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The number of hospital teachers is increasing, as poor conditions affect mental health | Training


Teachers have lost at least 1.5 million working days due to stress and mental health problems, new figures have revealed, amid ongoing concerns about the increasing pressures they face in the classroom.

Given ongoing concerns about workloads and growing class sizes, the new data, which saw The observer estimates that the number of days lost due to mental health problems in some council-controlled schools in England and Wales has increased by 7% compared to the previous year. It is also almost a fifth more than three years ago.

The data was obtained in response to Freedom of Information requests submitted by 143 of the 152 local education authorities in England and Wales. In total, over seven million teacher days have been lost to stress and mental health problems over the past five years. They showed steady growth, emphasizing the pressure the pandemic has placed on the teaching staff.

It turned out that some areas were more affected. In Kent, 91,679 school days were lost in 2021-22, more than anywhere else in the country. In Hampshire, the number of mental health care days rose to 28,945 in 2021-22, a third more than the year before.

Munira Wilson, the Liberal Democrat education spokeswoman who revealed the figures, said she feared there was a growing mental health epidemic among teachers.

“Too much teachers face burnout from unstable loads and relentless pressure,” she said. “Parents will rightly be concerned about the terrible impact this could have on our children’s education and wellbeing.

“The new Education Secretary must develop a clear plan to reverse years of damage to teachers’ mental health and well-being, and to help recruit and retain the staff we need. The Covid inquiry should also examine the impact of the government’s mishandling of the pandemic on the mental health of teachers and other frontline workers.

It comes amid warnings from teaching leaders that labor pressures, combined with the offer of below-inflation pay rises, will exacerbate the teacher retention crisis. Most were offered to increase the salary by 5% next year. – higher than the original offer of 3%, but well below the inflation rate of 9.1%. Starting salaries will increase by 8.9%. The unions said they would consult with their members about possible industrial action in the autumn as a result of the proposal. According to the Institute for Fiscal Studies, the 5% increase offered to most teachers would be “an overall reduction in real terms of almost 12% since 2010”. Schools will have to fund the increase from existing budgets.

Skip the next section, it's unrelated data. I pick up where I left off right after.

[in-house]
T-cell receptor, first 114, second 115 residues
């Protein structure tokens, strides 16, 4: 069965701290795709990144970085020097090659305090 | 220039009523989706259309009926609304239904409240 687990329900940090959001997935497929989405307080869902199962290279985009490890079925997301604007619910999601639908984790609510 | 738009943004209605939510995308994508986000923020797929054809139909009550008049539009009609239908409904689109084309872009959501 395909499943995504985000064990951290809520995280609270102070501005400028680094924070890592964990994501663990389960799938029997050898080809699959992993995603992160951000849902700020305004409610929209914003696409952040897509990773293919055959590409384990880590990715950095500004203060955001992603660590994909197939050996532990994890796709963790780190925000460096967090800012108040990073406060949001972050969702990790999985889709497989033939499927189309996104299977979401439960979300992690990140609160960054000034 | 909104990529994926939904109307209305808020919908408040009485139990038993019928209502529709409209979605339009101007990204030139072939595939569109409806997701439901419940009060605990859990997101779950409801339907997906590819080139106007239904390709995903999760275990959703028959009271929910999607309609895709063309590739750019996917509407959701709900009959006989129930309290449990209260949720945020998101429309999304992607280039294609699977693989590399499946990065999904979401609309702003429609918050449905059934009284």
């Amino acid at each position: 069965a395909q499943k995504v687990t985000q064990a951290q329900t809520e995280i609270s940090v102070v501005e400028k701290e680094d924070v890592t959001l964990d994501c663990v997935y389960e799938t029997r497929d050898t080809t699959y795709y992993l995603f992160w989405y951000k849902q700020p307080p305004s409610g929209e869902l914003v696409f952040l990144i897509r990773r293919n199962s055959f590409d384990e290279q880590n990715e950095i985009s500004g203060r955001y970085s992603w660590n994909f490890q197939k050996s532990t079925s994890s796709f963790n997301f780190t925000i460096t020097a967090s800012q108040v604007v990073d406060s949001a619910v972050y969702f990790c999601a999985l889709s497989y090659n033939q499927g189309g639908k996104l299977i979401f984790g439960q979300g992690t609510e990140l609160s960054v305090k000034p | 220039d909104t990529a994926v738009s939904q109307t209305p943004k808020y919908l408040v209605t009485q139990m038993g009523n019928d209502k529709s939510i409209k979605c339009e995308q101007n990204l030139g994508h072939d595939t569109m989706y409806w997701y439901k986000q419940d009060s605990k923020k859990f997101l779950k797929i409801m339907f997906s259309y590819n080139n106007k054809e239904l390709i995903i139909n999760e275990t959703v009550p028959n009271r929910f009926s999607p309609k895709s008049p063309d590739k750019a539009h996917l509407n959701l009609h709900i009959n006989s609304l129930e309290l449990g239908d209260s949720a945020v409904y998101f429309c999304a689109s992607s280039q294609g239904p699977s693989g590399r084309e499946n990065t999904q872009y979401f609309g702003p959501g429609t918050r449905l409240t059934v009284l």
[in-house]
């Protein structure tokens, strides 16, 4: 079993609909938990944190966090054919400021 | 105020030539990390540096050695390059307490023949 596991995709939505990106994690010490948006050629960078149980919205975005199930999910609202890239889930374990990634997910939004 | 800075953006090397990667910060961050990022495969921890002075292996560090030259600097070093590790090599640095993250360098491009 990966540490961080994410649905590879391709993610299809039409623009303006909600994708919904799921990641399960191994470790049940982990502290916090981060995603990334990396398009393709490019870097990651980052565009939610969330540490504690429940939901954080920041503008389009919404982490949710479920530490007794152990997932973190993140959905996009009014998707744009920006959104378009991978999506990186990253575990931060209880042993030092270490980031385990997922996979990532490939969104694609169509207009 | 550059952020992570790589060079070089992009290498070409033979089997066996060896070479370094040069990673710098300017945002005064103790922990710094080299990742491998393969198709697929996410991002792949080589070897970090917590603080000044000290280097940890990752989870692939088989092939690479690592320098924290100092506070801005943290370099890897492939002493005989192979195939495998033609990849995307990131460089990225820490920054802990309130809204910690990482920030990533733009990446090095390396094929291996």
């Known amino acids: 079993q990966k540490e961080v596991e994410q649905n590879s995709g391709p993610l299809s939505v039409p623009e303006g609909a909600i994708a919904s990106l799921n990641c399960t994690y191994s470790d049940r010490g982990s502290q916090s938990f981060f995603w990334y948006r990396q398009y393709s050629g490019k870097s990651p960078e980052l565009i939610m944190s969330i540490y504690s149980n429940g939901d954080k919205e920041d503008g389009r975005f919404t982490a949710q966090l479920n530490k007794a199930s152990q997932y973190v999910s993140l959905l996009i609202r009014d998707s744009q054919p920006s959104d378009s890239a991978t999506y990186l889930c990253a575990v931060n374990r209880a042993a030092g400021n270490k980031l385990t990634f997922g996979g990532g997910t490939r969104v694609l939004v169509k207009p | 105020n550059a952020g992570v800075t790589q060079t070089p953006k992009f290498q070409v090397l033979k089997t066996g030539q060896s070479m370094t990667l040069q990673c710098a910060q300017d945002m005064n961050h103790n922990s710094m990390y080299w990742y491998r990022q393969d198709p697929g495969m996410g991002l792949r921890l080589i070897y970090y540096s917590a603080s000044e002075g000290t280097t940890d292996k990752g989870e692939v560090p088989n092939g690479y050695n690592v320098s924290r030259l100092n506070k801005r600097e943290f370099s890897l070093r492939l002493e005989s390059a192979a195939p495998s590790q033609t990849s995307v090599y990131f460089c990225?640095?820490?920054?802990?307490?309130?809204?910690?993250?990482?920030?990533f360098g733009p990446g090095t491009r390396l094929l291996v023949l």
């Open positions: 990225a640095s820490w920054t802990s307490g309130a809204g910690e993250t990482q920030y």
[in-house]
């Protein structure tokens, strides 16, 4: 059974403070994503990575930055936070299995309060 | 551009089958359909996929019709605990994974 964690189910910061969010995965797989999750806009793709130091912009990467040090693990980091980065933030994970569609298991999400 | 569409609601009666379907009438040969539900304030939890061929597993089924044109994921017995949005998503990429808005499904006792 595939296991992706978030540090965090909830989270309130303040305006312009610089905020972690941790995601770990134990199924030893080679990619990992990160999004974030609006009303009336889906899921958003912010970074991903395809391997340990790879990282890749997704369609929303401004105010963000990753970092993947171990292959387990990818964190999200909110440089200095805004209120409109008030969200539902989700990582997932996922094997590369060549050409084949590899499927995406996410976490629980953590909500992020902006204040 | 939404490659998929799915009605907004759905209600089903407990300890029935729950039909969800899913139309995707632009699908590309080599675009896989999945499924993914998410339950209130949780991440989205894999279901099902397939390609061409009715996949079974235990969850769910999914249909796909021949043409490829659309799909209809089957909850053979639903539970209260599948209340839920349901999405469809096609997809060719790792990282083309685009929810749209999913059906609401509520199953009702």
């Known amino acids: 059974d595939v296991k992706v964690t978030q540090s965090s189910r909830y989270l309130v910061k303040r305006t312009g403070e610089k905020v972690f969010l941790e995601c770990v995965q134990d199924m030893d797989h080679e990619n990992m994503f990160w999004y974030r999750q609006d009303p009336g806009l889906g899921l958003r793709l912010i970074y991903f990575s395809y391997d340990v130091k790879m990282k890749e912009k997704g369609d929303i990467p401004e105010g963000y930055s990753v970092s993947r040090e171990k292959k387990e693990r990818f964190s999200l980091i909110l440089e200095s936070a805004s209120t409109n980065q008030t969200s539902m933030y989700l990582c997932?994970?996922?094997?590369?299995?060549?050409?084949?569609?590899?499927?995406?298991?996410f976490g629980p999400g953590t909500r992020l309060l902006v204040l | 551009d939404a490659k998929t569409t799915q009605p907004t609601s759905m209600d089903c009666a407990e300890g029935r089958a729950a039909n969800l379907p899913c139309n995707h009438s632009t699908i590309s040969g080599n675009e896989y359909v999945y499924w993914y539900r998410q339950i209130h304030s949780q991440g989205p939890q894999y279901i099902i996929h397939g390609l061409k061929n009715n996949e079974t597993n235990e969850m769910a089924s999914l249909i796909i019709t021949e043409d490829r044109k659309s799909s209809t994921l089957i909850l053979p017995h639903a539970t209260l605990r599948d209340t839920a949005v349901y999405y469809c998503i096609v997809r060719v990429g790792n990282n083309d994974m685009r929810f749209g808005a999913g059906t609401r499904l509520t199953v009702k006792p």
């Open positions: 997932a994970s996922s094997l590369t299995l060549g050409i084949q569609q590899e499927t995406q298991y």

Julie McCulloch, policy director of the Association of School and College Leaders, said stress and poor mental health had become a “really significant problem”. She said: “The biggest issue is workload and this is often cited, along with pay, as one of the main reasons why we have such a high turnover rate in education, with 40% of teachers leaving within 10 years of graduating qualifications.

“During the pandemic, schools and staff have had to take on a lot of extra work. All of this will leave many staff feeling burnt out, and we’re also hearing that some have left the pandemic to reassess their work-life balance and quit teaching. This is of great concern because the teacher shortage situation is already quite desperate and looks set to get worse.’

Kevin Courtney, joint general secretary of the National Education Union, said: “The Government is failing to tackle the challenges of excessive workloads, large class sizes, punitive measures, stress and pay required to make teaching a profession that is both attractive to graduates. and which keeps experienced teachers in office.’

A Whitehall official said a future inquiry into Covid included a promise to examine the impact on the nation’s mental health. A Department for Education spokesman said: “We are incredibly grateful for the continued efforts of teachers and school leaders to support pupils, particularly during the pandemic. We are taking steps to support teachers to stay in the profession and thrive. This includes increased pay and the launch of the Education Staff Wellbeing Charter, which commits to reducing unnecessary workload for teachers, championing flexible working and improving access to wellbeing resources.’

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